Joints, Cartilage, Mobility and Nutrition

The cartilage tissue that covers the contact surfaces of joints is made up of mats of interwoven strings of special sugars and proteins. The electrical charges on these mats makes them very attractive to water molecules (water is highly charged – that’s why it conducts electricity so well). Cartilage is spongy because its sugars attract water, which makes the mats swell. When the swollen tissue is squeezed, it absorbs the shock by releasing water into the joint space. Remove the pressure and the water streams back in, restoring the size and shape of the fully hydrated tissue.

Because they are subject to so much wear and tear, the mats are replaced regularly – each one lasts a little under a month in a young adult. In order to maintain balance, an old mat must be removed before a new one can replace it. Once our joints stop growing, they have to adjust their replenishment/replacement cycle in order to stabilize the amount of cartilage covering their contact surfaces. As we age, our cartilage becomes less and less able to adjust and this replenishment cycle goes out of balance. The result is that the mats begin dissolving earlier and earlier. In addition, new replacements are not made quickly enough. As the insertion of new mats falls behind the rate of removal of old mats, joint surfaces can normally become thinner as a result of the aging process and more susceptible to mechanical breakdown from normal everyday activity. Replenishing the joints with the nutrition they need to stay healthy becomes absolutely critical.

The Wear and Tear on Our Joints

You don’t need to be unhealthy or be diagnosed with a medical condition to experience joint discomfort – just continue doing what you always do and eventually one of your joints will get cranky from the effects of normal wear and tear. Or perhaps you over-exert yourself during a sports activity or day-hike and feel it in your knees later that night. That didn’t use to happen. However, now you’re getting older. Things change with age. Whatever the case, this usually signals the need for extra care and supportive measures to maintain healthy joints – joints whose nutrients are not replenished or replaced on a regular basis eventually may not be able to catch up and function as well as they used to. Welcome to the process of normal aging.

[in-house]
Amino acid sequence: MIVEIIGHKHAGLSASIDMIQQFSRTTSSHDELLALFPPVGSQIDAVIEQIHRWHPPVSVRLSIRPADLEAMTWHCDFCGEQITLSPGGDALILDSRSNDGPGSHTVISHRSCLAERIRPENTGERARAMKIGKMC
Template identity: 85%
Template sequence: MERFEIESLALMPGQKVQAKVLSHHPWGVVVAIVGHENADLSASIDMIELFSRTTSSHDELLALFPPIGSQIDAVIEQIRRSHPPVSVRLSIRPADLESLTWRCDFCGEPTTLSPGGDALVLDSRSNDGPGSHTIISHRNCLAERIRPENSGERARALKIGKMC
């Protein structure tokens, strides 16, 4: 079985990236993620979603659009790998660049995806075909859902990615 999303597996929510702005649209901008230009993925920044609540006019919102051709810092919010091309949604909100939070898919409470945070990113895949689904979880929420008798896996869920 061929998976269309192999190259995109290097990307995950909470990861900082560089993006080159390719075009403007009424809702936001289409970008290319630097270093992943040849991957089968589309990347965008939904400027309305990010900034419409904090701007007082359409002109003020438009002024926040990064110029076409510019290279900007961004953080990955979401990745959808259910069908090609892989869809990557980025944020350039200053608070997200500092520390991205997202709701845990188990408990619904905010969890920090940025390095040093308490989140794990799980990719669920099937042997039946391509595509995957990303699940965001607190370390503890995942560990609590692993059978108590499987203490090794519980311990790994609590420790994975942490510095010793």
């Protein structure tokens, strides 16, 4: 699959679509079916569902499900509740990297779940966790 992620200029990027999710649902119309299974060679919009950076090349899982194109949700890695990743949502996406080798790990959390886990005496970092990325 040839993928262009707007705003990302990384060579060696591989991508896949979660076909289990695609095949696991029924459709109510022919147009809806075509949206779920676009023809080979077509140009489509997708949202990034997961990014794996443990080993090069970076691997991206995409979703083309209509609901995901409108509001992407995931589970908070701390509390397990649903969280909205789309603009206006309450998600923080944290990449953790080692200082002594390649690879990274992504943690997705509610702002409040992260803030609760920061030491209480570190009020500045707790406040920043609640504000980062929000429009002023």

There are two ways to help your joints last as long as possible – exercise and nutrition. Becoming more active helps maintain healthier joints as activity stimulates the renewal of connective tissue, bone and cartilage. Two recently published human studies have confirmed the roles of physical activity in joint health. One of these studies showed that if you don’t use your joints, their cartilage covering tends to thin out on its own.1 A second study showed that moderate exercise increases the thickness of joint cartilage and improves joint performance.2 Active individuals have active (well-functioning) joints.

Just as important is to remember to nourish your joints. Joints are known to benefit from regular “feedings” (through eating well and through dietary supplementation) with fish oils, glucosamine, chondroitin sulfate and hyaluronic acid. You can think of hyaluronic acid as the cement that holds things together. Hyaluronic acid thus supports the normal structure of joint tissue. Feed your joints hyaluronic acid and they will reward you.

Next Best Kept Secrets to Healthy Aging topic:
Hyaluronic Acid and Joint Mobility

References:
1. Eckstein F, Lemberger B, Gratzke C, Hudelmaier M, Glaser C, Englmeier KH, Reiser M. In vivo cartilage deformation after different types of activity and its dependence on physical training status. Ann Rheum Dis 2005;64:291-295.
2. Roos EM, Dahlberg L. Positive effects of moderate exercise on glycosaminoglycan content in knee cartilage: A four-month, randomized, controlled trial in patients at risk of osteoarthritis. Arthritis Rheum 2005;52:3507-3514.